Summer Loving, Fashion History and a Classic Patio Set

Patio Dresses scream summer with their colorful fabrics, intricate trimming and free-flowing skirts, and as this beautiful season is coming to an end, I’ll be embracing each and every drop of sun in this stunning outfit from Lady K Loves.

Disclaimer: this post contains a historically derogatory term that may render readers uncomfortable. This post is not a debate as to whether this term is racially inappropriate or whether it should be used in today’s society to refer to the garment discussed below. It is simply meant to educate readers on the history of said garment and the evolution of it’s name.

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Lady K Loves is a U.K. based company that specializes in ethically made rockabilly and vintage-inspired clothing. Their passion for old fashioned style made the modern way comes through in the details of each piece they create. Since all of their materials are ethically soured, each garment has a limited amount of fabric allocated to them, meaning if you like something grab it fast because once it’s gone, it’s gone for good!

Part of their mission is promoting sustainability by sourcing their denim from an environmentally responsible company. Their factories in India and Nepal uphold fair trade standards and employ women who are looking to support their families. Not only are you getting quality goods from Lady K Love, but you’re also supporting several good causes.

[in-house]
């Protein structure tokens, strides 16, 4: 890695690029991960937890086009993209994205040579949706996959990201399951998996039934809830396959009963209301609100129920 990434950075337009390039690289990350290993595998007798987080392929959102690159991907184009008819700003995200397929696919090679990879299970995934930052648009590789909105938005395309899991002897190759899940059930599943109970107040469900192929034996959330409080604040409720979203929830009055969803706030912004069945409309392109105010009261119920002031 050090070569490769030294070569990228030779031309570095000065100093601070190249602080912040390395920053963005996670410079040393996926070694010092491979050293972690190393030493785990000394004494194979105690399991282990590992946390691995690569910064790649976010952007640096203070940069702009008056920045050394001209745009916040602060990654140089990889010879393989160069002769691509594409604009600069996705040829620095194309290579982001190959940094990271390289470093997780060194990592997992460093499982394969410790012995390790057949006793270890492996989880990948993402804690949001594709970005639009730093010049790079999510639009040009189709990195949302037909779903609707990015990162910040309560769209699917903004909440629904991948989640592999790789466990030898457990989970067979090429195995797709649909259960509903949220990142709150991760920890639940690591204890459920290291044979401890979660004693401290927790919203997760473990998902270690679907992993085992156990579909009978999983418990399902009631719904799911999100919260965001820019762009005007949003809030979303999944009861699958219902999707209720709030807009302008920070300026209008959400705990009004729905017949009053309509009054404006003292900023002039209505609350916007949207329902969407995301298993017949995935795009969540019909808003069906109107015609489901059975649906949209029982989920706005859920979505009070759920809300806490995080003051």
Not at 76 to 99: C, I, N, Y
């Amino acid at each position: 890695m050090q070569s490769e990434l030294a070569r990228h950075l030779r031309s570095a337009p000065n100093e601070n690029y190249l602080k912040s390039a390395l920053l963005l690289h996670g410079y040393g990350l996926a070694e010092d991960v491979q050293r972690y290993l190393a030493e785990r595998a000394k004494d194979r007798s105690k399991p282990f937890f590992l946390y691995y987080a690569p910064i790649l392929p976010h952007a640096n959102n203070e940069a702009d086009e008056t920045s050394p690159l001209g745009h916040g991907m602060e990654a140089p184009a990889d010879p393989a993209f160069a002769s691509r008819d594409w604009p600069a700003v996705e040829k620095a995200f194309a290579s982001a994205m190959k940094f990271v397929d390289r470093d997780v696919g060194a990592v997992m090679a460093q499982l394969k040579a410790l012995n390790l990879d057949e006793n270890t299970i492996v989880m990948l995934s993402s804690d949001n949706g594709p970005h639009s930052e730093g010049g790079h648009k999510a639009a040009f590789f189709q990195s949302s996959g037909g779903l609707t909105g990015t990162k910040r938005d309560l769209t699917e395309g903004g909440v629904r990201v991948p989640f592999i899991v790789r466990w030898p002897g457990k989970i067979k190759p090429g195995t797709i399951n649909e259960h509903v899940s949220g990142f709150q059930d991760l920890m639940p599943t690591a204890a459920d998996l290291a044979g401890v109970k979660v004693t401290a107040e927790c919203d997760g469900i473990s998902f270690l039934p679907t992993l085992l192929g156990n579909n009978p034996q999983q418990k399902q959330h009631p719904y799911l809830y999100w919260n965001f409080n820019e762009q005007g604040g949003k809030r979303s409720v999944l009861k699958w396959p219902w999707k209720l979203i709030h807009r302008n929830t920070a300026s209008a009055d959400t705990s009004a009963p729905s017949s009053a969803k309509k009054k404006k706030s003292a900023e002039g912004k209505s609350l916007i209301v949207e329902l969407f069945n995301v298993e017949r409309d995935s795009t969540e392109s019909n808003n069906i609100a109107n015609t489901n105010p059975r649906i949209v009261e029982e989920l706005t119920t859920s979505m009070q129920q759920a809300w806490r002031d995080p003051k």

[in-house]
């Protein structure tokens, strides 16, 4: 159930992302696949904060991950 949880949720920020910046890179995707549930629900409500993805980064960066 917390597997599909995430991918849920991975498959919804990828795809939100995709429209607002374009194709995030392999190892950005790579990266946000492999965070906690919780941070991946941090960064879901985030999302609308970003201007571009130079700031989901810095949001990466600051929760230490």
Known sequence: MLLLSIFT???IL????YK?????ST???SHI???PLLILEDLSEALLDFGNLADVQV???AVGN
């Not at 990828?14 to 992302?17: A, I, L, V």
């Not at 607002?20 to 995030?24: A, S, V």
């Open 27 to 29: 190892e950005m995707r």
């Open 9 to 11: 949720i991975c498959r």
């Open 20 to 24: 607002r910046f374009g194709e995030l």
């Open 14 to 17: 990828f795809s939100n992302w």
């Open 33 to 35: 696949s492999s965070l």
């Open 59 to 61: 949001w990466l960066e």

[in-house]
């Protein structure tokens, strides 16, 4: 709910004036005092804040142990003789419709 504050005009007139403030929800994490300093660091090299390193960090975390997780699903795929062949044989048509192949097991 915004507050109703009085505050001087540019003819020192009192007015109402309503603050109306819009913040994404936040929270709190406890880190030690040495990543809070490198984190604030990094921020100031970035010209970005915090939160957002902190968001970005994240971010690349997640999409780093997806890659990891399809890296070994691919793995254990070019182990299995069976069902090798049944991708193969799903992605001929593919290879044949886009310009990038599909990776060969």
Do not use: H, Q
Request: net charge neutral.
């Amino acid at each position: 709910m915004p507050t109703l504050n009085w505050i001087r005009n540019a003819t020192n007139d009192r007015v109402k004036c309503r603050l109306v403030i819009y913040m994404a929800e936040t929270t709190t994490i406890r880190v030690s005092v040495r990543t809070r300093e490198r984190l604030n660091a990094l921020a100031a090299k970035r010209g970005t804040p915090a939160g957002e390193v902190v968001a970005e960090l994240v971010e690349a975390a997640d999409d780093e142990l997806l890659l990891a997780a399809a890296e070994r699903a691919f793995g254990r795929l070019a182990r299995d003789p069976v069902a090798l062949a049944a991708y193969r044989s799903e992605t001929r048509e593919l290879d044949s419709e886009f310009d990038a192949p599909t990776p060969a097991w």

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The Patio Dress quickly became a staple of the late 40s and 50s, particularly within the Southwest United States, but it’s original name had some rocky connotations. In it’s early days, the Patio Dress was known as a “Squaw” Dress, which in Algonquin was a common term for “woman;” however, within the English language the term squaw evolved into a derogatory word for a North American Indian woman.

Advertisers attempted to circumnavigate this controversial racial context by marketing the dress as one worn by Native American Princesses of the West. Their attempt, however successful in terms of sales and overall popularity of the garment, was in no way a reconciliation of the hurtful message behind the name of the dress.

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Over time, these dresses began to be referred to as Patio Dresses or Fiesta Dresses, which are the more common names used today. There are still those who refer to them as “Squaw” Dresses, mainly for historical accuracy, but efforts are being made to educate the vintage community on the origin of this name and encourage the use of terms such as “Patio” or “Fiesta” to describe these dresses.

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The Patio Dress’s defining features include an elaborately embellished top, generally consisting of ribbon, rickrack trim and sequins, and a full skirt that came in three possible shapes: a slightly gathered skirt (seen in this Patio Set from Lady K Loves), a “broomstick” or pleated skirt, or a fully gathered, three-tiered skirt. They could be found either as a full dress or a set, made of separate blouses and skirts. When purchased as a set, women generally obtained multiple blouses for one skirt, allowing them a variety of outfits and the versatility of taking one skirt from day-time attire to night.